A few years back, I wrote a blog article entitled Negligent Party Hosts in Indiana May Face Liability. The article provided some general rules and suggestions concerning possible liability issues for people who have parties during the holiday season.

A recent Indiana decision, F. John Rogers, as Personal Representative of Paul Michalik, Deceased, and R. David Boyer, Trustee of the Bankruptcy Estate of Jerry Lee Chambers v. Angela Martin and Brian Paul Brothers, 02A05-1506-CT 520 increases the potential for liability and the responsibilities for a party host.

In that case, the land possessors, defendants Martin and Brothers shared a residence.  They threw a party and alcohol was purchased using funds from a joint bank account.  Jerry Lee Chambers was a guest at the party.
The party lasted a long time and at some point a number of the guests participated in a poker game in the basement.  Martin went to bed.  As the party continued, Brothers and Martin became involved in an altercation.  Brothers made Martin aware that there had been a fight.   Martin got up and accompanied Brothers to the basement.  They discovered Chambers  laying face down and not moving. Martin had Brothers check on Chamber’s condition and was told that Chambers was unconscious.  Martin expressed some concern that Chambers might have alcohol poisoning but at no time did she provide or seek medical assistance for him. Brothers also failed to do so.  Subsequently, Chambers was found dead in the front yard.  A wrongful death case was filed pursuant to the Indiana Dram Shop Act.  The suit also claimed that the Martin and Brothers as land possessors breached a common law duty to use reasonable care for the protection of guests by failing to render aid.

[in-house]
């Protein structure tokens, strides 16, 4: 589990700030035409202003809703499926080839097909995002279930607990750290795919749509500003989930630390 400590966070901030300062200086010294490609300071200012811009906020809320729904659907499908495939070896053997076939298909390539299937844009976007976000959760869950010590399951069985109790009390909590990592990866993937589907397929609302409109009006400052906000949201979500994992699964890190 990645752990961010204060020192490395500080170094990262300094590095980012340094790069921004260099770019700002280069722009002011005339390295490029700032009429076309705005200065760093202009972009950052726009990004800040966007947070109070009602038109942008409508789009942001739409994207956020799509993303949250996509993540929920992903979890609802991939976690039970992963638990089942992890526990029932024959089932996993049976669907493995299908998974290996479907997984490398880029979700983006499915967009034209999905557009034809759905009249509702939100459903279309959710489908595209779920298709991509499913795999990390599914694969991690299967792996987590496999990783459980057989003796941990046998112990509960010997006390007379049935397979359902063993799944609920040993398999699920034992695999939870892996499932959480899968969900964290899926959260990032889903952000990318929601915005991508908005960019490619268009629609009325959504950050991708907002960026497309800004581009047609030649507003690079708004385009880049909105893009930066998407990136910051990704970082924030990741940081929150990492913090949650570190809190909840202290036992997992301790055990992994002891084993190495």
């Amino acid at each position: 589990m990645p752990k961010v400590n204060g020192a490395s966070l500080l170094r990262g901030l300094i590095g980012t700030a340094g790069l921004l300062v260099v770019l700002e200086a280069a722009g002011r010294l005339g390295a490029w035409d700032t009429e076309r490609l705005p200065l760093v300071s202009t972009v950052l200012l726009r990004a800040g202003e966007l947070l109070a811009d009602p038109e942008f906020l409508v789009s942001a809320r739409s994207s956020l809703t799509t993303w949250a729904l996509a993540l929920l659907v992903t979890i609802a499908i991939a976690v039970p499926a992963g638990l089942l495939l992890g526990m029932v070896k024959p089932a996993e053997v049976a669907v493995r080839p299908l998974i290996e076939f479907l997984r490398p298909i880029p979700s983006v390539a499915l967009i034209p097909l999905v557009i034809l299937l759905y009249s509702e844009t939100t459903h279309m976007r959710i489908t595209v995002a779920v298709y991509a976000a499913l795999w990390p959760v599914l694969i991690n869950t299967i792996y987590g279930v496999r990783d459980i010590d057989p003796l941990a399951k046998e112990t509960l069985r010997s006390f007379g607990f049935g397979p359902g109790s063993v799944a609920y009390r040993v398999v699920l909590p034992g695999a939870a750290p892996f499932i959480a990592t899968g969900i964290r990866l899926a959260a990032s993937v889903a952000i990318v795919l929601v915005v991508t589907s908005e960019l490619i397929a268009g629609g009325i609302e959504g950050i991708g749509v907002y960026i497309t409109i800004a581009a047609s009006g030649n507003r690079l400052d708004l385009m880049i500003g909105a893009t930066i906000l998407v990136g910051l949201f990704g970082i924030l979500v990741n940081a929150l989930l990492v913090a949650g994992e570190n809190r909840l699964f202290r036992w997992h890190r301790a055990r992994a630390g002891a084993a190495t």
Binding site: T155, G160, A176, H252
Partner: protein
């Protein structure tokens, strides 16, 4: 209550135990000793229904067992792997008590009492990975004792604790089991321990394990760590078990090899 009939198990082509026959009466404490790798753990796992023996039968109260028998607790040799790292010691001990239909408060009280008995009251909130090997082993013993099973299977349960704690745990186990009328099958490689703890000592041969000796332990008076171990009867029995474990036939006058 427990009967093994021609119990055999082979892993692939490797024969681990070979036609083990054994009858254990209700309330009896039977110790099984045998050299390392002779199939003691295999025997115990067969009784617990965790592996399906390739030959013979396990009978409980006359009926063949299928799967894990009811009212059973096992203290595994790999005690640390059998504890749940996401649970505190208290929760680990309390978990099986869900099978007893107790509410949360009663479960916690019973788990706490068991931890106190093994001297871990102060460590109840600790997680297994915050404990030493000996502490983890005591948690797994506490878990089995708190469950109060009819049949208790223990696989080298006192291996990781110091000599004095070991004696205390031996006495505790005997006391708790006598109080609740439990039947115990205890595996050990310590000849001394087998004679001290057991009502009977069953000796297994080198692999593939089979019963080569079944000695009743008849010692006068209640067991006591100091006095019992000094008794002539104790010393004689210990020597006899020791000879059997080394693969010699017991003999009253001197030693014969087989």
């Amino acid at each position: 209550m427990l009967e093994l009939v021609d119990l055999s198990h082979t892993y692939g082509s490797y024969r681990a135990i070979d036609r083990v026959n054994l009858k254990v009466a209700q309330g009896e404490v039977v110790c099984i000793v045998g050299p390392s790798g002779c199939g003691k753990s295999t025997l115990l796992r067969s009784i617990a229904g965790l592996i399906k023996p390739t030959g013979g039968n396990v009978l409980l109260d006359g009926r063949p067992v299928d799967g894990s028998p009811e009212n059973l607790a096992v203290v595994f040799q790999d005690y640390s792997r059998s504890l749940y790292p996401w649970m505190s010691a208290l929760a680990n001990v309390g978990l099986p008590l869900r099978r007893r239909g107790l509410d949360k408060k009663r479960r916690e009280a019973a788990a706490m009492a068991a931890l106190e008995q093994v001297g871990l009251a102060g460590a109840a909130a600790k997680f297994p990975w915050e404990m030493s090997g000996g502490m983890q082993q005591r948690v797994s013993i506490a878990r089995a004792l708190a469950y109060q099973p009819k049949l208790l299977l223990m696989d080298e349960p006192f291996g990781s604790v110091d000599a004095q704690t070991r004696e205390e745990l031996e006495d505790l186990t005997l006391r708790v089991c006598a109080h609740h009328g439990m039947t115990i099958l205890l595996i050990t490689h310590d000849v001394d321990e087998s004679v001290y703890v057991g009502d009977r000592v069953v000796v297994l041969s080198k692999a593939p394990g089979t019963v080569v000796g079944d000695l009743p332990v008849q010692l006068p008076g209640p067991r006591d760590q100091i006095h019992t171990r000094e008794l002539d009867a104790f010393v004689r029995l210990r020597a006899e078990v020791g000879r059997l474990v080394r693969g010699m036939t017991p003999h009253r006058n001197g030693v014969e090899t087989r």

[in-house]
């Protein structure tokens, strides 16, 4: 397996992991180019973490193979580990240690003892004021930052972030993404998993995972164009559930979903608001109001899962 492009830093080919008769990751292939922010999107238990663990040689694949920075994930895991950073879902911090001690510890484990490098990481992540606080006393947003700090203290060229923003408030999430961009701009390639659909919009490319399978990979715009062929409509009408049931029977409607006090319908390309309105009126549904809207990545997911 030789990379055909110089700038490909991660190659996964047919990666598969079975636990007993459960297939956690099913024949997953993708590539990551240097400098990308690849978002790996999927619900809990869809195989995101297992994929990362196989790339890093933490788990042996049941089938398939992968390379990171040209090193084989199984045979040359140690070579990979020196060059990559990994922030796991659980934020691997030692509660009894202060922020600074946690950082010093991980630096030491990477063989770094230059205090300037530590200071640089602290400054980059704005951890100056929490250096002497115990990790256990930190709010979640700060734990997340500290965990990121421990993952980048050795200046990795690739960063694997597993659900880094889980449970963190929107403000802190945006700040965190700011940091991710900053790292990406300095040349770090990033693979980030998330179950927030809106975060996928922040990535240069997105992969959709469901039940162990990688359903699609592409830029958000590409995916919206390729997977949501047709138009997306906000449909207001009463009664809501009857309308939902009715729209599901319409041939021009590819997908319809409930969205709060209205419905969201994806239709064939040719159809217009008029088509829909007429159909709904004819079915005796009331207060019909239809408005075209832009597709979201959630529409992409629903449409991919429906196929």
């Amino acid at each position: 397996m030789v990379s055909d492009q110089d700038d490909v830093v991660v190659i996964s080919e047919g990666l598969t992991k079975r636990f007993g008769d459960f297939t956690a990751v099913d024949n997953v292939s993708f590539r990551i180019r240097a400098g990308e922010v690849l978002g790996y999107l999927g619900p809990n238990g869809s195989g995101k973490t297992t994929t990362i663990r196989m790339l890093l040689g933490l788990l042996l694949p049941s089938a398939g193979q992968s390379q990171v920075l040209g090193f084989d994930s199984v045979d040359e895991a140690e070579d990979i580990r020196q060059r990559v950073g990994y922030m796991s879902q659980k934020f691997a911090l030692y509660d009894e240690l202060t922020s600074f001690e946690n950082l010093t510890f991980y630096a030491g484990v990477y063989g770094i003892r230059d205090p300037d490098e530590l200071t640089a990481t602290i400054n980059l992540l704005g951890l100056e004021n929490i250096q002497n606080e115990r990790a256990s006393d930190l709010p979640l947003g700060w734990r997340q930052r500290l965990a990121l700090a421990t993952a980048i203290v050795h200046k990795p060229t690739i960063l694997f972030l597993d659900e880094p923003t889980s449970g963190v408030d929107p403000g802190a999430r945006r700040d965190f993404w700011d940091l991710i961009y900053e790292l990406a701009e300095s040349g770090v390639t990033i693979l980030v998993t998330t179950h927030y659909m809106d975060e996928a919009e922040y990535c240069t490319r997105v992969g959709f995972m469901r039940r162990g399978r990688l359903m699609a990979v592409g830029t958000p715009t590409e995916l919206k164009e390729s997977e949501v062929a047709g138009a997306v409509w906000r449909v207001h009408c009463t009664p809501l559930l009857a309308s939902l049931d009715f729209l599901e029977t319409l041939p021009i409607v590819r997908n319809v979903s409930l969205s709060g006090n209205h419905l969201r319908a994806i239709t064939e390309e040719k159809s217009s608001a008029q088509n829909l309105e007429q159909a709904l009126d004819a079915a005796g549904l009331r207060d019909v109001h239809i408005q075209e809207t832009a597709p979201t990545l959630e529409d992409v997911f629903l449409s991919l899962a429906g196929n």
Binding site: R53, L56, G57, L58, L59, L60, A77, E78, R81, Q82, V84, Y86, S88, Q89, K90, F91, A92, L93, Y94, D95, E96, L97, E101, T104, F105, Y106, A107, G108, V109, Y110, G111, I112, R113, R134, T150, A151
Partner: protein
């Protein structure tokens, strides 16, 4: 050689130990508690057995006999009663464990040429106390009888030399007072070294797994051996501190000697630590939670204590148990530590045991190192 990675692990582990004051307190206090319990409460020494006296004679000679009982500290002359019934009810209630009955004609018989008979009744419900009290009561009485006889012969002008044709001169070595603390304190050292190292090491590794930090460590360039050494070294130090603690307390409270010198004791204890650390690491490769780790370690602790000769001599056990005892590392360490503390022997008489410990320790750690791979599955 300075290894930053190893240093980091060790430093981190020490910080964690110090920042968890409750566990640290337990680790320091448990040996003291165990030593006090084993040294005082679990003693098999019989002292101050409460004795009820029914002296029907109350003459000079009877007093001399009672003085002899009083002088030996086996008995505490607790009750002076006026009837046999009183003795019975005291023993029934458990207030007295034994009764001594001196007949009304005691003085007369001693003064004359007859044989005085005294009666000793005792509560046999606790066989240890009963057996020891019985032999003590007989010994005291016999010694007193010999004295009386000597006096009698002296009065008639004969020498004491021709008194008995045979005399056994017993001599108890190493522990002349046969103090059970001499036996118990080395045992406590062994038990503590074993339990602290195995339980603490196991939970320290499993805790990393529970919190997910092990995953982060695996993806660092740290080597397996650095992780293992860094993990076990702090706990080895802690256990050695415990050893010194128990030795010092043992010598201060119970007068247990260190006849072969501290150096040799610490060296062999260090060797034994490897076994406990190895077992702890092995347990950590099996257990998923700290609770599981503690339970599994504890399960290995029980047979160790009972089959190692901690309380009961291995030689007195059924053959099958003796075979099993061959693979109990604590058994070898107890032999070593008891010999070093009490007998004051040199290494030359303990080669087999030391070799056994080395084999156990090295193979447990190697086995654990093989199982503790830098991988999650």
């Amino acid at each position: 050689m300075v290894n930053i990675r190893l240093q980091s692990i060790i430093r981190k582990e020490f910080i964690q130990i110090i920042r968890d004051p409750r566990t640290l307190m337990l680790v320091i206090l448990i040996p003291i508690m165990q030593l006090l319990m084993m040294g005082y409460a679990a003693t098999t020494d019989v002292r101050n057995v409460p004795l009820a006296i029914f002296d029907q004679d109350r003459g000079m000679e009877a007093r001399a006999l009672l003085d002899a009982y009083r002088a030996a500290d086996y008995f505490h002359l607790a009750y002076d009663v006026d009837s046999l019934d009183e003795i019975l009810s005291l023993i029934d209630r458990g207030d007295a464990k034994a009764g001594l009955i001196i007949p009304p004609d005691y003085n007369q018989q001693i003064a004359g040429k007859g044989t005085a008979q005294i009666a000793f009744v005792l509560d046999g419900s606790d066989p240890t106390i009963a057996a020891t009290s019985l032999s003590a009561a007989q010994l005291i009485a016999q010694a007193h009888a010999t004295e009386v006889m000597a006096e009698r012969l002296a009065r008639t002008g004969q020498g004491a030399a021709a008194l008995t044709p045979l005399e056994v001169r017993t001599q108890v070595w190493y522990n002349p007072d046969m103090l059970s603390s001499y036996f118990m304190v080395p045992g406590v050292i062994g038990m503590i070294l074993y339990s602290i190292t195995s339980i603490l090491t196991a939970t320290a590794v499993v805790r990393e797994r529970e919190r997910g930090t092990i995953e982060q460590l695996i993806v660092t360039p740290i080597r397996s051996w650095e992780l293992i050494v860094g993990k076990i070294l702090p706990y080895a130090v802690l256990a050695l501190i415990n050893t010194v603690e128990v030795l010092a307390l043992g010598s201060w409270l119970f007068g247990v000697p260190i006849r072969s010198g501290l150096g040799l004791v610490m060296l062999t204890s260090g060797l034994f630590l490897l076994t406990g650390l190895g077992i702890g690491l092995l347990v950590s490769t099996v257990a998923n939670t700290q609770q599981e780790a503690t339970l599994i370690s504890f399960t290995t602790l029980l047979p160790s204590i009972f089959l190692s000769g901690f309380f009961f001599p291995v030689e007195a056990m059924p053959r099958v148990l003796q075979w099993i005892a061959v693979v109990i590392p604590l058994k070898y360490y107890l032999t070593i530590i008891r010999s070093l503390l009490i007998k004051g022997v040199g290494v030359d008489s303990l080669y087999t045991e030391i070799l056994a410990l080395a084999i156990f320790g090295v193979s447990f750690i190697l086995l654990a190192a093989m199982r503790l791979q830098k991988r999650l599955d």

Previously, Indiana law did not require an individual to render aid even if he or she knew that assistance was needed unless there were special relationships that created a duty such as a bus company and its passengers, or a hotel operator and guests, or a possessor of land who invites the public onto the property.  The Rogers court added a new category when it ruled that a social host/guest relationship is a special relationship as it relates to the duty to render aid.  Further, the Court stated that moral and humanitarian considerations may require a person to render aid, even if the injury was not caused by any of his or her  negligent acts or were caused by the acts of the injured person.  What is considered reasonable medical care will depend on all of the circumstances, including the background, education and training of the social host.   So, Indiana residents who will be hosting holiday parties, NCAA Final Four Parties and Super Bowl Parties must be prepared to provide medical aid if their guests become injured or ill.  If they fail to do so, they may find themselves being sued for damages, injuries or wrongful death as Ms. Martin was.

Finally, there is no reason to think that a court may not extend the duty to render aid beyond the social host situation.  One example could be if a guest slips and falls on your property, and is injured, even without alcohol being a factor, and regardless of fault.

Attorney Burton A. Padove represents injury victims throughout Indiana and Illinois.  Call (219) 836 2200 for a free and confidential consultation and to ask questions about damages, injuries and compensation.

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